Singapore spotlight

How Manoj Murjani Turns Singaporean Restaurants Into International Icons

The restaurateur has brought the likes of Violet Oon Singapore and Janice Wong Singapore onto the global stage — how? Good business sense and a healthy appetite.

How Manoj Murjani Turns Singaporean Restaurants Into International Icons

Anchor image: Group MMM

Singapore might be a metropolitan city that’s known worldwide for its towering gardens and airport-waterfall, but there’s a surprising dearth of local brands that have made it onto the global stage. 

That’s what Manoj Murjani thought when he established Group MMM in 2012. Today, he’s co-created brands like Violet Oon Singapore and Janice Wong Singapore — concepts that are as synonymous with good food as they are with Singapore. 

And he knows that creating a distinctly Singaporean brand isn’t just about playing to tropes or staid stereotypes. Violet Oon Singapore, for one, is a lot more than just a kitschy Peranakan joint.

Each of the brand’s 5 concepts present a colonial-era marble-and-ironwork look that incorporates traditional Peranakan tiles and a sense of tasteful opulence, an aesthetic that extends right down to their aesthete-friendly sauce and condiment bottles. 

Violet Oon Singapore’s Jewel branch.
(Image: Violet Oon Singapore)

As for the Janice Wong brand — what with their edible art and chocolate crayons — Murjani says that it infuses elements of fun and creativity that plays on Singapore’s increasingly diverse arts and culture scene. 

“I felt a strong belief for the need to preserve Singapore’s culinary heritage and traditions,” says the Hong Kong-born businessman turned Singapore citizen. “I was looking to create a brand that could hold the very essence of Singapore culture as a whole, whilst also being able to highlight the various sub-cultures and communities that co-exist within.”

It helps that Murjani is ‘extremely’ hands-on in just about every detail of his brands, which are almost always food and beverage concepts — partly because he just really, really likes Singaporean food.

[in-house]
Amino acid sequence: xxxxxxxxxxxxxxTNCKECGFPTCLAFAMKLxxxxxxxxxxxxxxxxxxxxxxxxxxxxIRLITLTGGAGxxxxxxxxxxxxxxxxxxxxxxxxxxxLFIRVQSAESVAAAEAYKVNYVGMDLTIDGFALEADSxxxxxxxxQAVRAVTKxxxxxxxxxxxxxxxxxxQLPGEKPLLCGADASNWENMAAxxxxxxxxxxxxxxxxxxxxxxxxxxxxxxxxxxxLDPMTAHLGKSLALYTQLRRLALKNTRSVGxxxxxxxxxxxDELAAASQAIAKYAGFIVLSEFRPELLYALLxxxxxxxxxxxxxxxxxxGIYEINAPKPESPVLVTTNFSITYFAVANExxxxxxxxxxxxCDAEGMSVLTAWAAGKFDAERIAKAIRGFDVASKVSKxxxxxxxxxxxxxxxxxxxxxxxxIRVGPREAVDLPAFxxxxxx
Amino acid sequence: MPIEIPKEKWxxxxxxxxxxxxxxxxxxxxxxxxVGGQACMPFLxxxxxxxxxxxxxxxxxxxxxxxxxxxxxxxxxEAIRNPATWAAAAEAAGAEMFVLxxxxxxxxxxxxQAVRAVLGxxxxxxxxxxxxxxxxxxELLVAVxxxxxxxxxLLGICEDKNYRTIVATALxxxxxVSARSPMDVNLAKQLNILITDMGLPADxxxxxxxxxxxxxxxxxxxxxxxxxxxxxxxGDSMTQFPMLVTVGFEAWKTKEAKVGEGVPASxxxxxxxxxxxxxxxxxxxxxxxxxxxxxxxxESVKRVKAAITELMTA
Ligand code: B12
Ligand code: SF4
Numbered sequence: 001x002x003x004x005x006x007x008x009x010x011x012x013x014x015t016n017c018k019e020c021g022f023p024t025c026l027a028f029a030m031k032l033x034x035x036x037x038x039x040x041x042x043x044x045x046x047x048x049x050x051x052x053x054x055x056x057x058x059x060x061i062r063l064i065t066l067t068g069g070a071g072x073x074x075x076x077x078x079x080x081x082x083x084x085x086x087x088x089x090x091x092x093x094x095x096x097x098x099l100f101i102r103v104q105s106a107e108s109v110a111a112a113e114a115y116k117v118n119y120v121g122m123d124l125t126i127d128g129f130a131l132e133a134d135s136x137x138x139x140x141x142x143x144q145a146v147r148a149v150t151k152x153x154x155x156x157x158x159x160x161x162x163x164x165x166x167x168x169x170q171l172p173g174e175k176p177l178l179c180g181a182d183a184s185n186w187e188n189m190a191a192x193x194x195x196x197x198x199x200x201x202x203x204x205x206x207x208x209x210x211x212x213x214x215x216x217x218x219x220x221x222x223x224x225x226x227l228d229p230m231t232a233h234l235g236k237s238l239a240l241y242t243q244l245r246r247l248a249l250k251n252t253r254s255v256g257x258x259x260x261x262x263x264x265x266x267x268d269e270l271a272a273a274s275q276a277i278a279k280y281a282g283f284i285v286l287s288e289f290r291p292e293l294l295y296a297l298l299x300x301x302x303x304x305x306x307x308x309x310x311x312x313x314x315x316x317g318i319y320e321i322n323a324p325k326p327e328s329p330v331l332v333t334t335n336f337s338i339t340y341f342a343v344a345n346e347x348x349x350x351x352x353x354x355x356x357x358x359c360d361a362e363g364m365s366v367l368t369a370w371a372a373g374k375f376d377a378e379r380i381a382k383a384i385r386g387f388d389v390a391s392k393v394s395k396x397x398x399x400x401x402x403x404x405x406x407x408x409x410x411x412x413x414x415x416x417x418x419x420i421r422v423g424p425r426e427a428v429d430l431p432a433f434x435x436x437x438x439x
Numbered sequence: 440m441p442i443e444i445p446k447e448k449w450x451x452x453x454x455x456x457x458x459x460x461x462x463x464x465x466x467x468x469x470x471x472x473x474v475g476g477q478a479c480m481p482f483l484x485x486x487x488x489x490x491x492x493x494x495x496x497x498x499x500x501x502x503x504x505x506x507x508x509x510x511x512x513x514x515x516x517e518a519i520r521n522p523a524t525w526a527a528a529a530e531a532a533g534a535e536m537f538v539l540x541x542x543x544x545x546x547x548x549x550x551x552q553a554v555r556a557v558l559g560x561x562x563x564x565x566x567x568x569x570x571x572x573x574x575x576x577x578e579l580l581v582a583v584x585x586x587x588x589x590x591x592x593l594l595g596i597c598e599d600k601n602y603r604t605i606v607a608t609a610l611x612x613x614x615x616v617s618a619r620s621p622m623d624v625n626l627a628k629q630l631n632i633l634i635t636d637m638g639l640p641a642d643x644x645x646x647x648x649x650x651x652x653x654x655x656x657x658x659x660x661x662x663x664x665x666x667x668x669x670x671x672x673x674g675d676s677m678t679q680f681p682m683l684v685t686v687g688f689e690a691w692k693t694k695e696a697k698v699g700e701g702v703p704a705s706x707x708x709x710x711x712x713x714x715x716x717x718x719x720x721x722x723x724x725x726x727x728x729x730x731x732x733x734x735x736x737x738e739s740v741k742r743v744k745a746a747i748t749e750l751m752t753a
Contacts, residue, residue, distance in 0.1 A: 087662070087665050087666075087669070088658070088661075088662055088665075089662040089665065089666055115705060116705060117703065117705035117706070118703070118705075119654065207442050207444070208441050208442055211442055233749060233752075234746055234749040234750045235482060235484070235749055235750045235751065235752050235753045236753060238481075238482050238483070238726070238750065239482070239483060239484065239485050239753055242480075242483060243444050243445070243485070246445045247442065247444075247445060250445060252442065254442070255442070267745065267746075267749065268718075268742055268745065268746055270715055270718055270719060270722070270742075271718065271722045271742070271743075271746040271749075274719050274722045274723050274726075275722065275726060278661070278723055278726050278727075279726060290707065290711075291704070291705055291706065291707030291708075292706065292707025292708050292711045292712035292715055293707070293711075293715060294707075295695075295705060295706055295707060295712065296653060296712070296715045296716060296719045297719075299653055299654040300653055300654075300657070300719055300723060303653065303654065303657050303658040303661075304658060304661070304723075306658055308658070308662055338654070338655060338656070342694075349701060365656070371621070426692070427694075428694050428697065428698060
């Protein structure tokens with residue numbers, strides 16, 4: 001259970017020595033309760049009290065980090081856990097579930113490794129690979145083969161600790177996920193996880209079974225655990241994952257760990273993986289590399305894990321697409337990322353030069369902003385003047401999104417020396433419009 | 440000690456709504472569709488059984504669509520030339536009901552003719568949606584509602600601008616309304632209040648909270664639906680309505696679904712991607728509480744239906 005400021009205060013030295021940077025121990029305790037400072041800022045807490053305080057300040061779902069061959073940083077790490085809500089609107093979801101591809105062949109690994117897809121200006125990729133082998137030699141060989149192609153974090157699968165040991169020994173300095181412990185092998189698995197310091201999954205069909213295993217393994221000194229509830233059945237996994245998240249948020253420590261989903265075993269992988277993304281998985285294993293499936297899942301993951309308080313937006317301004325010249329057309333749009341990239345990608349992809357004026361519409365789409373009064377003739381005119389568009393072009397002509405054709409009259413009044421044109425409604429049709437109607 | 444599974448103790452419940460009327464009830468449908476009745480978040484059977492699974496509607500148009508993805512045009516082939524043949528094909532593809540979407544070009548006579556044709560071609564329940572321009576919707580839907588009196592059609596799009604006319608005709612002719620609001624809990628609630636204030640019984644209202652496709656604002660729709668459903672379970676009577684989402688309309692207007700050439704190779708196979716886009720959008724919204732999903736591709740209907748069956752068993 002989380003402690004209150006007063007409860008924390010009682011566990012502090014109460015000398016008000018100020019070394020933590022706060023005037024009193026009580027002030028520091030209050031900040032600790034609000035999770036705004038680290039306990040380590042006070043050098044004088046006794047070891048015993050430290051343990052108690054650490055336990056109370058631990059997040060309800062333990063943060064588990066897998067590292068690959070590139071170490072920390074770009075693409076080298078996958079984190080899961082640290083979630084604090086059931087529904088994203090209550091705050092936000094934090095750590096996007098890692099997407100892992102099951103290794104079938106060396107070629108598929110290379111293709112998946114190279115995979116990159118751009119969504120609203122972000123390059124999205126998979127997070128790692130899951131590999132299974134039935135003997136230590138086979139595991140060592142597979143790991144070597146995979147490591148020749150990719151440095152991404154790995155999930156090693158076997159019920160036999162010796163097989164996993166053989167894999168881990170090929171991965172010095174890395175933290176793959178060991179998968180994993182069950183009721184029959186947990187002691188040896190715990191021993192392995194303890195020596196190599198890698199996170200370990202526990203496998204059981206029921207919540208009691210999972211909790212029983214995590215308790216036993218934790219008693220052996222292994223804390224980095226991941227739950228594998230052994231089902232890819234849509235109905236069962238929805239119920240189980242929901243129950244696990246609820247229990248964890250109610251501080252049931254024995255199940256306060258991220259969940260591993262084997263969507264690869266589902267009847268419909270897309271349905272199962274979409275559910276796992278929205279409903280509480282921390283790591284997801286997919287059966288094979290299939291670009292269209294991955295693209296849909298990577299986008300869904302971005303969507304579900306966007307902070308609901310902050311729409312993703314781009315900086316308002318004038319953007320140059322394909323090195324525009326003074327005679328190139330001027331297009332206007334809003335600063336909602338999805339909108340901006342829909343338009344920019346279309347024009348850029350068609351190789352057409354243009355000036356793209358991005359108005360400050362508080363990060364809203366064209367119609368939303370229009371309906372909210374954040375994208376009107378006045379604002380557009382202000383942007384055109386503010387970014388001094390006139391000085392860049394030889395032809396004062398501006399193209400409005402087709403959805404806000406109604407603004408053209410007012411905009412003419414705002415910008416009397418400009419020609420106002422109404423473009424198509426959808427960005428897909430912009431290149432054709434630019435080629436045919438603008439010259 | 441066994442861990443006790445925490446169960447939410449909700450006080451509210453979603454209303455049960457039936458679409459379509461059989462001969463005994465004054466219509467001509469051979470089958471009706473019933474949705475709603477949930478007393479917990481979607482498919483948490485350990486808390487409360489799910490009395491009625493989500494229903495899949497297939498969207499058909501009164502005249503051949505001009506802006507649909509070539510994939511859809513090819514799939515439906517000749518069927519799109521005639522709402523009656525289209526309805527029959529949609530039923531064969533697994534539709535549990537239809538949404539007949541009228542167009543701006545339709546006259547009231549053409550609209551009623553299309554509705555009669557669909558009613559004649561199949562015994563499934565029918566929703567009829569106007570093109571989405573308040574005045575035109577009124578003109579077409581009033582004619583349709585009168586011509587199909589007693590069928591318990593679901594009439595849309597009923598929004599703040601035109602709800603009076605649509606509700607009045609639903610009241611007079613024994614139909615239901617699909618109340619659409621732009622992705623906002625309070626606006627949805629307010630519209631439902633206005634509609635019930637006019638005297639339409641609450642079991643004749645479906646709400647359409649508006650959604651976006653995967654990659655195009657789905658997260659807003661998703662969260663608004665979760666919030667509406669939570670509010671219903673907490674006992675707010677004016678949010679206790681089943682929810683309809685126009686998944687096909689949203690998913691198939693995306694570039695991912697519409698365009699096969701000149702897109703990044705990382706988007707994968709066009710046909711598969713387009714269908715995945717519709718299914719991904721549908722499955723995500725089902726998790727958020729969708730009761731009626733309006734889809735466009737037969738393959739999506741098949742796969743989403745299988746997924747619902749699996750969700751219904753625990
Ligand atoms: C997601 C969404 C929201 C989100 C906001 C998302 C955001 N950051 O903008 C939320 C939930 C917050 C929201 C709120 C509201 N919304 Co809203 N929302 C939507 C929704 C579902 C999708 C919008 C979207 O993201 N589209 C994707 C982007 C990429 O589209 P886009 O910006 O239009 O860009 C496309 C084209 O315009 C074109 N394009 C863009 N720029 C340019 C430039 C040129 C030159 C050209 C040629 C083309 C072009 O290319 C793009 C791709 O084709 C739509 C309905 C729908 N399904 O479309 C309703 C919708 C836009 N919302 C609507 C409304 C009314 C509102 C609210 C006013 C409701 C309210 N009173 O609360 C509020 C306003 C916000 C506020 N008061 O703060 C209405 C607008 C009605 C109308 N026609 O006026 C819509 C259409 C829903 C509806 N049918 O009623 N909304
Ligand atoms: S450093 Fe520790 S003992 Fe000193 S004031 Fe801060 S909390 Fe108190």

“Singaporean food resonates with my association of comfort food — that is, food with a soul,” he says. “The diversity brought by generations of residents and travellers, who’ve all shared their cultures and traditions, has shaped the vibrant culinary scene in Singapore today.”

He’d know about vibrant scenes. The father of three has fond memories of chicken rice dates with his then-girlfriend-now-wife at Mandarin Orchard’s Chatterbox, and is especially fond of satay for its shareability and street-food feel.

Born into a family of entrepreneurs (his father Mohan Murjani chairs the Murjani Group, which has developed and launched brands like Gloria Vanderbilt and Tommy Hilfiger), Murjani was no stranger to the world of luxury. 

The likes of Andy Warhol, Estee Lauder and Ralph Lauren were frequent guests in the Murjani household, and when he grew up, Murjani himself became a globetrotting businessman — and yet his heart (and stomach) always brought him back to Singapore. It was something about the simplicity of the food, he says. That, combined with the country’s east-meets-West identity. 

Murjani is a keen businessman, but he’s also one with a healthy appetite for Singaporean food.
(Image: Group MMM)

“My thinking is global, and influenced by the West — yet my heritage, values and traditions are of the East,” he says. “Singapore has similar qualities, so I feel at home here.”

It was these memories and many others that led Murjani to create these culinary concepts in the first place — so he could bring that feeling to people around the world.

“It’s about community,” he says. “Singaporean food is at the heart of Singapore’s community — it brings together friends and family, and this resonates with me.”

“My goal is to give our guests, both residents and visitors, the best of which Singapore has to offer.”

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